Sometimes box art can give you the wrong idea of a game. ICO is not a kiddie fantasy adventure, Deadly Premonition is not a Saw rip-off, Trauma Center New Blood is not about the health meter from Team Fortress 2, and Catherine is definitely not a shameless japanese dating/porn simulator that somehow made its way stateside. In fact, the subject matter is discussed very tastefully, and you could argue it's adult-oriented plot and heavy use of symbolism is a real step forward for games-as-art. There is no romantic subplot, but a maturely handled love triangle at the core of the story. It's a must-play for anyone who believes in mature story-telling in games (which is hopefully everyone reading this,) however your enjoyment of the actual gameplay will really hinge on your taste for the retro.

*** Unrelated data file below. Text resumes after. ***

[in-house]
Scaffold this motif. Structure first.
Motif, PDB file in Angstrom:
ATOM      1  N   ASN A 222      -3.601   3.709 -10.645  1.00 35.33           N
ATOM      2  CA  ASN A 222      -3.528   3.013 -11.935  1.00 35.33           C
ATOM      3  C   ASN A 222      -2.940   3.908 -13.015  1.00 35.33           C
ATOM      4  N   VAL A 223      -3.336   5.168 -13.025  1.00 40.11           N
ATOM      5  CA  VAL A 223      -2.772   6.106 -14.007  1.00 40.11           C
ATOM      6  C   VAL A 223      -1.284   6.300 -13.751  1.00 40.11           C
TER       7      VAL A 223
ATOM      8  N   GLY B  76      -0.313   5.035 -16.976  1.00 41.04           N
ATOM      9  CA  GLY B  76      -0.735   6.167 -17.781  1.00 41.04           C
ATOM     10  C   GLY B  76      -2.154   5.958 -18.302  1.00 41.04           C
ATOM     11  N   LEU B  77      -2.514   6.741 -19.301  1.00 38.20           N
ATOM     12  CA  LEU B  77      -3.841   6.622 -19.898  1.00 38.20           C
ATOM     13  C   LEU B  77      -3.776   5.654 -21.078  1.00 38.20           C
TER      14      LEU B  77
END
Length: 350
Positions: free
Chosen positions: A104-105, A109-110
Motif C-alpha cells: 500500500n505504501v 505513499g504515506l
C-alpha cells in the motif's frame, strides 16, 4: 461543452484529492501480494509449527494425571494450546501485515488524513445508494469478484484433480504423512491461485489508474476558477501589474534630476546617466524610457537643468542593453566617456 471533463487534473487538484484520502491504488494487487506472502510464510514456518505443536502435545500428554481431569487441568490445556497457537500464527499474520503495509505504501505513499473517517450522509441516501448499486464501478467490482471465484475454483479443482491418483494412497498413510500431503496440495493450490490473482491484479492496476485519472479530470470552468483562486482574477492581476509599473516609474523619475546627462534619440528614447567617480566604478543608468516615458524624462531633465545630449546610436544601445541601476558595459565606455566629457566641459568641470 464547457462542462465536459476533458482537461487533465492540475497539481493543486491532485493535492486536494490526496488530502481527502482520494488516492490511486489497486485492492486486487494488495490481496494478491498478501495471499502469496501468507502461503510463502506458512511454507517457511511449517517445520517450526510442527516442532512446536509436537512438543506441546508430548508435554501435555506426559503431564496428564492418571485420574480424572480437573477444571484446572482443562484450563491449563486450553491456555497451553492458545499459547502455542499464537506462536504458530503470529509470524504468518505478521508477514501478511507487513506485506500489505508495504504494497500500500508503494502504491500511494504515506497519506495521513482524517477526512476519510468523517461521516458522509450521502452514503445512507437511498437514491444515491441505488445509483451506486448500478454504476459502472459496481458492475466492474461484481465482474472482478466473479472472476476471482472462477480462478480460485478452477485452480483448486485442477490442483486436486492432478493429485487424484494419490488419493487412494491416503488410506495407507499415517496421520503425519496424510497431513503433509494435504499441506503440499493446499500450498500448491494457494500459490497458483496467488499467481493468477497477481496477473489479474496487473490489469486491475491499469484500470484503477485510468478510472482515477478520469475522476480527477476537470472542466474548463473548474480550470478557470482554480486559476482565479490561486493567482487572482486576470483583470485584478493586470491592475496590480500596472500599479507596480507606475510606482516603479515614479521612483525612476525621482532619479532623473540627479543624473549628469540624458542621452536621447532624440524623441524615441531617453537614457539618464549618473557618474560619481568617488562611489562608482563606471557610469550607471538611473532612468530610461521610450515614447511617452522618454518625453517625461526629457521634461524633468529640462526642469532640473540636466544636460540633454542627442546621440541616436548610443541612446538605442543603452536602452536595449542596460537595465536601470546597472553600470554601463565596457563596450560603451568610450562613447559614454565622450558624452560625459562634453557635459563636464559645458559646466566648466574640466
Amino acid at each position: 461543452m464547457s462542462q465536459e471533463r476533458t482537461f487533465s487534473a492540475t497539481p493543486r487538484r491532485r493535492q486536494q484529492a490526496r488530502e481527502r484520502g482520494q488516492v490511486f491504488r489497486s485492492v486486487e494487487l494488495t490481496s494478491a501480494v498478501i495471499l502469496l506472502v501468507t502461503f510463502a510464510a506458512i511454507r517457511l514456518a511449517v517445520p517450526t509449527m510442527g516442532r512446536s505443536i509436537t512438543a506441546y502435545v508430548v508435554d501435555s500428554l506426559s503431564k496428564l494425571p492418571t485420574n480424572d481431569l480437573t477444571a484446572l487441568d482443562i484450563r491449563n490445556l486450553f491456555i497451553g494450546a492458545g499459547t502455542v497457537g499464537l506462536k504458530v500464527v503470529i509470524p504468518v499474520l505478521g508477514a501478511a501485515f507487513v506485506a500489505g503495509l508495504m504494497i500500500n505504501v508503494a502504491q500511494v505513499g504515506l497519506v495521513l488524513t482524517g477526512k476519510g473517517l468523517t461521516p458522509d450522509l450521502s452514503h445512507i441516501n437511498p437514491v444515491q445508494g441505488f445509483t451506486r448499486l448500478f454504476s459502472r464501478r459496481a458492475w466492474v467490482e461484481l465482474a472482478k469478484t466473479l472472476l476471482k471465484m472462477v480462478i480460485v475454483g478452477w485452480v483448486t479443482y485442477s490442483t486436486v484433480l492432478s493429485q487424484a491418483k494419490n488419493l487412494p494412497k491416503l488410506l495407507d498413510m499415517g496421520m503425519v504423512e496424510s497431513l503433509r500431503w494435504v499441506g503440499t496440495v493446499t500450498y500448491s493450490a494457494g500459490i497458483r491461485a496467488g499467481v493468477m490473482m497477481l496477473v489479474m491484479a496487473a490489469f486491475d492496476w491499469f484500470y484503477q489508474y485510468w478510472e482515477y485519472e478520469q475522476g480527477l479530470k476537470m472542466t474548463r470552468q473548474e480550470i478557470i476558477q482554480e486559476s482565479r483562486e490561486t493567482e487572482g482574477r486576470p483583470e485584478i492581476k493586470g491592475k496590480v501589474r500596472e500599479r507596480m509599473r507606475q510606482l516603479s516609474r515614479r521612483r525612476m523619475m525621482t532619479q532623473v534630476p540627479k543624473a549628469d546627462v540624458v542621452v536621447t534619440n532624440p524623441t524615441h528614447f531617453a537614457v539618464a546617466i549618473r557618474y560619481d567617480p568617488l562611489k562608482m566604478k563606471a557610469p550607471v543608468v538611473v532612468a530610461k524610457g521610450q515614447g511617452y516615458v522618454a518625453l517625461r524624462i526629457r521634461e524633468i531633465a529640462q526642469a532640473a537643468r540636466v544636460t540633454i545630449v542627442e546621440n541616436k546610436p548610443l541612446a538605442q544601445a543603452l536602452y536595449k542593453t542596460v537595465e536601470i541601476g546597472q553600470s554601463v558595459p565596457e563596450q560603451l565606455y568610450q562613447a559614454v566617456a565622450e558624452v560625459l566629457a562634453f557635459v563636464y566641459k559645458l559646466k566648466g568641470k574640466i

One note: if the thought of spending a huge chunk of the game just sitting around talking to people and watching cutscenes sounds like a waste of time, this game is just not for you. I'll assure you that it's pretty well-written and directed and very engaging, even when you're just watching scenes, but I know some people are put off no matter what.
Vincent is your average thirty-something, and he's pretty comfortable where he is. He just got a decent job, has had a nice girlfriend for he's-not-sure-how-many years, and still sees his friends from high school almost nightly at the bar. But then begins the craziest week of his life. Rumors have been going around of men his age dying suddenly in their sleep and all the men at the bar have been mentioning strange dreams which seem to be connected. On top of all that, the very morning after his girlfriend, Katherine, starts talking about tying the knot, he wakes up next to the girl of his dreams. Only problem is, it's not his girlfriend, but a girl with almost the same name, Catherine, who he barely remembers meeting, and who may or may not be Crazy with a capital C. And THAT'S just what's going on in the real world. Vincent is also having nightmares. He's climbing a massive tower along with a bunch of talking sheep. He doesn't know what's at the top, he doesn't know if there IS a top, but he knows that if he falls, he dies for real.